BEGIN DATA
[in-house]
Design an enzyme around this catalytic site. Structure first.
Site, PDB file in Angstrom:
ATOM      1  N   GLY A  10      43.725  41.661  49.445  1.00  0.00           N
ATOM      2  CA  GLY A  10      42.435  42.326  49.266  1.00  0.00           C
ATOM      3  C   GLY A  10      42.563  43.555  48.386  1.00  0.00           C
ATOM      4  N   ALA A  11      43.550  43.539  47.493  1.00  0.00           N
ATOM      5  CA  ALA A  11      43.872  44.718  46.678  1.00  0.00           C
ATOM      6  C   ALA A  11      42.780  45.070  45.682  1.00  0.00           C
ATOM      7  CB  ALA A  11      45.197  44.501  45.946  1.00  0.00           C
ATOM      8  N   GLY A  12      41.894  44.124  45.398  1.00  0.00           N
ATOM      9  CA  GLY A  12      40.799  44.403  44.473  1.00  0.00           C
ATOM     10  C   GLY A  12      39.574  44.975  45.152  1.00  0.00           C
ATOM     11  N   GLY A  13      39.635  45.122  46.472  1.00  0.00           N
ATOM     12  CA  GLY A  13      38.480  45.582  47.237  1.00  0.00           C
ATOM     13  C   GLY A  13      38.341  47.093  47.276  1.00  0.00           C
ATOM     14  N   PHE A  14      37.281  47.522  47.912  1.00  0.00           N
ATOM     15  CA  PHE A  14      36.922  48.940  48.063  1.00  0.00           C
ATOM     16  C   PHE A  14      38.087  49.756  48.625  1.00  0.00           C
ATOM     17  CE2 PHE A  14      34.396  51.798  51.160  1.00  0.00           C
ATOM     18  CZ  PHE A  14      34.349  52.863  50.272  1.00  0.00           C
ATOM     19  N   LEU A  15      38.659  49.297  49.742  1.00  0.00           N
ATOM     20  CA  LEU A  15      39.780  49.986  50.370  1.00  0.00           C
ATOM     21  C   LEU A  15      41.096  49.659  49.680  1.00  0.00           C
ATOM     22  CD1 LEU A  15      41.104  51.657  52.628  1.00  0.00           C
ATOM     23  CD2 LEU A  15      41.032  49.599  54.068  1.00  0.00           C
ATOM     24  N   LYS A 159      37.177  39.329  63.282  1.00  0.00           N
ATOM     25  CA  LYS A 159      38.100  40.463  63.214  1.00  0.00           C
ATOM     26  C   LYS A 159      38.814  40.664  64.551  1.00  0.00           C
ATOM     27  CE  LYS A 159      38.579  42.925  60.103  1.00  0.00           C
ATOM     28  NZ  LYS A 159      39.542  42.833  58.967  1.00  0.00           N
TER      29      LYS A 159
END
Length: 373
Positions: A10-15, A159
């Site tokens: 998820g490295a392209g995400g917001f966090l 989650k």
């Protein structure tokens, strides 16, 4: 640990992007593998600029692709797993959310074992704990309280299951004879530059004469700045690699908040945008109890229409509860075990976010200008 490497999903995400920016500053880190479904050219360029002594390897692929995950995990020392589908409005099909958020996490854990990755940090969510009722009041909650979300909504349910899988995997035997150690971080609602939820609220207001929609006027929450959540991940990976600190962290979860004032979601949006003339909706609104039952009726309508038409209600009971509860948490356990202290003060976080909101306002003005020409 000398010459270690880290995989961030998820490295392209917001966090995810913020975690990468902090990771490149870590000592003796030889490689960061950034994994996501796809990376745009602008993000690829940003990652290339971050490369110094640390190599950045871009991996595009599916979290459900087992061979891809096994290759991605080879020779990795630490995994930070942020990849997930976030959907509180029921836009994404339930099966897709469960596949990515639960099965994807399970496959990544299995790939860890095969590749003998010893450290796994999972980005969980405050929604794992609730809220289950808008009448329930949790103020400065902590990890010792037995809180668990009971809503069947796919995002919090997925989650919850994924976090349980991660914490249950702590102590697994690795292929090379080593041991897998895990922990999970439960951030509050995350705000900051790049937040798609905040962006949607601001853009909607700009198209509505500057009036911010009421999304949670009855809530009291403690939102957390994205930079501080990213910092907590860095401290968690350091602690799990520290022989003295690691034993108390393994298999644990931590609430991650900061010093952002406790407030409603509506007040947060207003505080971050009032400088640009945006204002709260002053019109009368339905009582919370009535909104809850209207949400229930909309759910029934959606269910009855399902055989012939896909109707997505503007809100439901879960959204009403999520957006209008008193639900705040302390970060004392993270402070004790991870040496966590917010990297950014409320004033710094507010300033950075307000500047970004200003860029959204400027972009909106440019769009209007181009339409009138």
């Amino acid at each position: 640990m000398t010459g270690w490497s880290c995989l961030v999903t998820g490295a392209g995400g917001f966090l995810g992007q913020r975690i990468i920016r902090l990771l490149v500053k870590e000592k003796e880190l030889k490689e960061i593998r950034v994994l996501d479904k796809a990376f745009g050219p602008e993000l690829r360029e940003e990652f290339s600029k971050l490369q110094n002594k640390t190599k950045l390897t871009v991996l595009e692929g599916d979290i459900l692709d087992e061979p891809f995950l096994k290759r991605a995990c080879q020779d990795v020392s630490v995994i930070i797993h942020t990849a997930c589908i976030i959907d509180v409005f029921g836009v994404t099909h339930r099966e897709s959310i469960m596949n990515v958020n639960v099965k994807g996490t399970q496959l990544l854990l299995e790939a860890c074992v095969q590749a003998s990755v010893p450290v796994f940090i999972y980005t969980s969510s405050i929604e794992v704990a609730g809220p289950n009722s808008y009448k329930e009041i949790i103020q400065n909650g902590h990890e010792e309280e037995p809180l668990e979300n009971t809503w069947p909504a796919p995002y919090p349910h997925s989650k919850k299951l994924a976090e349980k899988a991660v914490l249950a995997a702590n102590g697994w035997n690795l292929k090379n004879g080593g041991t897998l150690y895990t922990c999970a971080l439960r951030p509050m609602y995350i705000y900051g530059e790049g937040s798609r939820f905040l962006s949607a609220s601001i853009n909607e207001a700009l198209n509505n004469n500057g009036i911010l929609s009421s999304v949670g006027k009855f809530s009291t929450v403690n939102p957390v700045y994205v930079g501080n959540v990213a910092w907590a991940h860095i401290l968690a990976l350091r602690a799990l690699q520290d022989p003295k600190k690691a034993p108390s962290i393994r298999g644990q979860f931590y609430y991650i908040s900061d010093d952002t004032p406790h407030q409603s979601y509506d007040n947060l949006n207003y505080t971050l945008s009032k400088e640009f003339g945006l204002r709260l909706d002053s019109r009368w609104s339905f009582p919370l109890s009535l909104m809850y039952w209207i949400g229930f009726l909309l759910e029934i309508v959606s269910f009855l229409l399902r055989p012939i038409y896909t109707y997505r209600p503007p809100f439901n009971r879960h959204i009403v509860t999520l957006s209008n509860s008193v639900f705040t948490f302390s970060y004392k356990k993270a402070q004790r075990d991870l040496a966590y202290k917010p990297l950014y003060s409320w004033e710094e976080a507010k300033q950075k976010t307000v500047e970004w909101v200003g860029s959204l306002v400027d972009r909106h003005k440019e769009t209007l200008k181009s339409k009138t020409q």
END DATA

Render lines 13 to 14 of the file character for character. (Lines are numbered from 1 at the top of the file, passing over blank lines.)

ATOM     10  C   GLY A  12      39.574  44.975  45.152  1.00  0.00           C
ATOM     11  N   GLY A  13      39.635  45.122  46.472  1.00  0.00           N